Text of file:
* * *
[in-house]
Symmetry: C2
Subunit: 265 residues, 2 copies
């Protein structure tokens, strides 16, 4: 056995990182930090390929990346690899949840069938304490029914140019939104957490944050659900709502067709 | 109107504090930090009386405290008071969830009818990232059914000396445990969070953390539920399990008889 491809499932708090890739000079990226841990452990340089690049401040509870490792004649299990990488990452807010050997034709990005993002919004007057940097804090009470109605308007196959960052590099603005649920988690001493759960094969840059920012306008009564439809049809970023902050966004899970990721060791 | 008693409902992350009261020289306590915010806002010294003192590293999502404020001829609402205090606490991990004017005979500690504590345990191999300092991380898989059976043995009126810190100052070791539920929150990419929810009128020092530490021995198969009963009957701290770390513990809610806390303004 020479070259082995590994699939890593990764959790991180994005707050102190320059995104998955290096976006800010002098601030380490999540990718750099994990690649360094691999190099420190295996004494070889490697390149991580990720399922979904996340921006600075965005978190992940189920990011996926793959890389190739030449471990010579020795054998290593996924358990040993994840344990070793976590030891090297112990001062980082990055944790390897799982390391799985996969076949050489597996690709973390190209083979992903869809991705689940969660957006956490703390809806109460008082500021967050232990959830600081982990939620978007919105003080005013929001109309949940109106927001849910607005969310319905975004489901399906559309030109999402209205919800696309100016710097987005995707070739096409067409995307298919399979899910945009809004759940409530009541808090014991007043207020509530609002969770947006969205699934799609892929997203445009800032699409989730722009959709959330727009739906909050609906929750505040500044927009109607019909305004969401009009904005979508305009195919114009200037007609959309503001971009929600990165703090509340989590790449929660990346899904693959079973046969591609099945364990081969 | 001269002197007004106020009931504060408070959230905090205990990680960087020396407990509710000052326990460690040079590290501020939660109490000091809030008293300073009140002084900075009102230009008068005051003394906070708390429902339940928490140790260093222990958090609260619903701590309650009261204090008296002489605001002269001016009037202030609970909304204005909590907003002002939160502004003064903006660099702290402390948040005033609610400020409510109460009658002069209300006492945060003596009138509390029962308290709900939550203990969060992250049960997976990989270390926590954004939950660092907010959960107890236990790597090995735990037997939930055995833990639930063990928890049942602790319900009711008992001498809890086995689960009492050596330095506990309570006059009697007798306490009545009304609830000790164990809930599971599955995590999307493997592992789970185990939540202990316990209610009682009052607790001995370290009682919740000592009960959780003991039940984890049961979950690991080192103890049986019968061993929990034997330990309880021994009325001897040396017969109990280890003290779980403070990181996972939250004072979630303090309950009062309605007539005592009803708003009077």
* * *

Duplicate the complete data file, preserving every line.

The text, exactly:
[in-house]
Symmetry: C2
Subunit: 265 residues, 2 copies
């Protein structure tokens, strides 16, 4: 056995990182930090390929990346690899949840069938304490029914140019939104957490944050659900709502067709 | 109107504090930090009386405290008071969830009818990232059914000396445990969070953390539920399990008889 491809499932708090890739000079990226841990452990340089690049401040509870490792004649299990990488990452807010050997034709990005993002919004007057940097804090009470109605308007196959960052590099603005649920988690001493759960094969840059920012306008009564439809049809970023902050966004899970990721060791 | 008693409902992350009261020289306590915010806002010294003192590293999502404020001829609402205090606490991990004017005979500690504590345990191999300092991380898989059976043995009126810190100052070791539920929150990419929810009128020092530490021995198969009963009957701290770390513990809610806390303004 020479070259082995590994699939890593990764959790991180994005707050102190320059995104998955290096976006800010002098601030380490999540990718750099994990690649360094691999190099420190295996004494070889490697390149991580990720399922979904996340921006600075965005978190992940189920990011996926793959890389190739030449471990010579020795054998290593996924358990040993994840344990070793976590030891090297112990001062980082990055944790390897799982390391799985996969076949050489597996690709973390190209083979992903869809991705689940969660957006956490703390809806109460008082500021967050232990959830600081982990939620978007919105003080005013929001109309949940109106927001849910607005969310319905975004489901399906559309030109999402209205919800696309100016710097987005995707070739096409067409995307298919399979899910945009809004759940409530009541808090014991007043207020509530609002969770947006969205699934799609892929997203445009800032699409989730722009959709959330727009739906909050609906929750505040500044927009109607019909305004969401009009904005979508305009195919114009200037007609959309503001971009929600990165703090509340989590790449929660990346899904693959079973046969591609099945364990081969 | 001269002197007004106020009931504060408070959230905090205990990680960087020396407990509710000052326990460690040079590290501020939660109490000091809030008293300073009140002084900075009102230009008068005051003394906070708390429902339940928490140790260093222990958090609260619903701590309650009261204090008296002489605001002269001016009037202030609970909304204005909590907003002002939160502004003064903006660099702290402390948040005033609610400020409510109460009658002069209300006492945060003596009138509390029962308290709900939550203990969060992250049960997976990989270390926590954004939950660092907010959960107890236990790597090995735990037997939930055995833990639930063990928890049942602790319900009711008992001498809890086995689960009492050596330095506990309570006059009697007798306490009545009304609830000790164990809930599971599955995590999307493997592992789970185990939540202990316990209610009682009052607790001995370290009682919740000592009960959780003991039940984890049961979950690991080192103890049986019968061993929990034997330990309880021994009325001897040396017969109990280890003290779980403070990181996972939250004072979630303090309950009062309605007539005592009803708003009077």